We as women have given up over the years, all those things which make us different and unique beings. Instead of embracing our ability to give life to babies, and to nurture our families and to provide a safe spot for our loved ones to come home to, we saw it as a weakness…something that needed to be avoided. We were told be to behave more like ‘men’. And in doing so, all of humanity has become a sort of asexual, homogeneous personage and no one knows where they fit. Just look at the incidence of depression!! As I sit at the midpoint of my twenties, I don’t know where to go from here, because the strong yearning that I have to be a wife and a mother and a leader of the homelife of my family isn’t a viable option for women of my generation.

Well, I am taking this back for my generation. The women of my mother’s time fought to free themselves of the home, but I think they lost something integral. They lost what makes us, as women, unique. I am PROUD to be the child-bearer, the nurturer and the one who fixes my family’s problems. I am content to let my husband go out each day and ‘hunt’ our necessities. My strength comes from my connection to countless generations of women before me, and I hope that my daughter after me will feel this strength, and take up this cause. And yes, I am proud that I have the option to go to work, the real sense of equality that I feel… but in pretending the differences do not exist, we’ve lost a major source of our strength as women. And I, for one, will embrace that strength!


Freedom and the Hot Dog September 1, 2008

Filed under: parenting — mandora @ 10:53 pm

When I decided to have children, I made the choice that no matter what, I would never place my own personal biases on them. I never want them to feel like they have to conform to my idea of what they should be. However, as my daughter grows, I find that it’s harder to uphold this ideal than I thought.

The other day my sister was having lunch with us, and wanted to give my daughter a hotdog. I feed her nearly exclusively on organic products, and hotdogs are about as far from our typical diet as you can get. When I said that I didn’t want my child to eat this sort of unnatural crud, my sister responded with ‘you can’t shelter her forever. What if she WANTS to eat a hotdog – what happened to letting her make her own choices?’ Keep in mind here, my daughter isn’t even a year old. But, at the time, I had no answer – I didn’t know how to respond because she’s right… I DO want my daughter to be a vegetarian (or an ‘almost’ vegetarian like me) and to eat organic and locally produced foods whenever possible. I want her to WANT those things because in my opinion, they are responsible, both nutritionally as well as socially. But, am I projecting my own ideals onto my daughter?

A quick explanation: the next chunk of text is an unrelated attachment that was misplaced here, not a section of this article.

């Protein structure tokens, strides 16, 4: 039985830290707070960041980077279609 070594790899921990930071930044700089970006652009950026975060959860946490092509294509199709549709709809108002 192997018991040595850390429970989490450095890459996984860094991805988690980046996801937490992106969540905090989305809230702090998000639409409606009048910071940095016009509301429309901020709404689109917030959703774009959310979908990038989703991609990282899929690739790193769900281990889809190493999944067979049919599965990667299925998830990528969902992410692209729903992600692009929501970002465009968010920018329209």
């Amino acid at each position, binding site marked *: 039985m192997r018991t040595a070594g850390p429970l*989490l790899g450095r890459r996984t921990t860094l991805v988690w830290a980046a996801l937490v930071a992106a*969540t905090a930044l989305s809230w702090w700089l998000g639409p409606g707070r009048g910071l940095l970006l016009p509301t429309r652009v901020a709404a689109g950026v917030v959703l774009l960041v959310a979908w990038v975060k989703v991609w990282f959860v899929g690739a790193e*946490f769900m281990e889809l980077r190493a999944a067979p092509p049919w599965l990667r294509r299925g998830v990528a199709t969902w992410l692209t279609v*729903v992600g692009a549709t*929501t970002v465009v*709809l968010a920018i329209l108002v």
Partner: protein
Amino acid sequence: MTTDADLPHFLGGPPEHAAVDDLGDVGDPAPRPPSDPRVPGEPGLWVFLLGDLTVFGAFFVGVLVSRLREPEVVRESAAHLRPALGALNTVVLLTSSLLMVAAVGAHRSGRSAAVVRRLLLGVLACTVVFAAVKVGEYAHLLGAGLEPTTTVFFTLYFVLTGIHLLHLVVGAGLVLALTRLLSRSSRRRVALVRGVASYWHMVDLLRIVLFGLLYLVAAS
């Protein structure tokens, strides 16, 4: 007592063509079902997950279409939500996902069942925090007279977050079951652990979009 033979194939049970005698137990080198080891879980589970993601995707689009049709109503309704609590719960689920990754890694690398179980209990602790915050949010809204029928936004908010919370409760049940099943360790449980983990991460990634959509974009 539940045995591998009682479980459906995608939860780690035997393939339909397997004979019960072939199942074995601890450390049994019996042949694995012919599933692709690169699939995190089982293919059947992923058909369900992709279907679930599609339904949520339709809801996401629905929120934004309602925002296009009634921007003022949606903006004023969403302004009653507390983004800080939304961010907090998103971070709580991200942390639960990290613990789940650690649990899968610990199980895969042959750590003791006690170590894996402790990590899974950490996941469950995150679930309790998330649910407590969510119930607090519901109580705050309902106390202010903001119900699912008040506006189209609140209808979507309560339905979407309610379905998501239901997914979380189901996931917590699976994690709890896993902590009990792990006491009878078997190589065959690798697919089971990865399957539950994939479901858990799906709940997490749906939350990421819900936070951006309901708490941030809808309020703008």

Today, in a book loaned to me by my mother in law, I found my answer. I’m trying very hard to find a job in the child welfare field, and so being a senior member of this profession she loaned me her copy of The Field Guide to Child Welfare. As I was reading it, I came upon the section where the authors talk about the ethics of social workers. While this was nothing new, the section on freedom was something I hadn’t encountered before. What, they asked, do we make of the fact that one of the basic rights of all people is to have freedom, when we are dealing with children? Certainly we cannot allow children complete freedom of choice; their developing minds simply aren’t equipped to properly make sound judgment calls. The answer, they said, lies with parents. It is our responsibility as parents to provide our children with the freedom to grow and develop as they were meant to, so that one day they CAN make those choices for themselves. For children, freedom means the right to safe and stable families, basic care and nurturance.

So, regarding my hotdog question… my role as her mother is to keep her safe and to help her develop the tools to make smart choices. My education tells me that hotdogs are not a nutritionally sound choice. Therefore, I would be remiss in my parenting if I allowed her to put it into her body. No matter whether she would LIKE a hotdog or not, they are not a freedom that need be granted to someone so small. If, through the lessons that I teach her and the tools that I equip her with, one day she decides that a hotdog is a freedom she would like to enjoy, then that is her right. But for right now, my baby girl will be limited to organic veggie ‘dogs’, because I, as her mother, said so. 🙂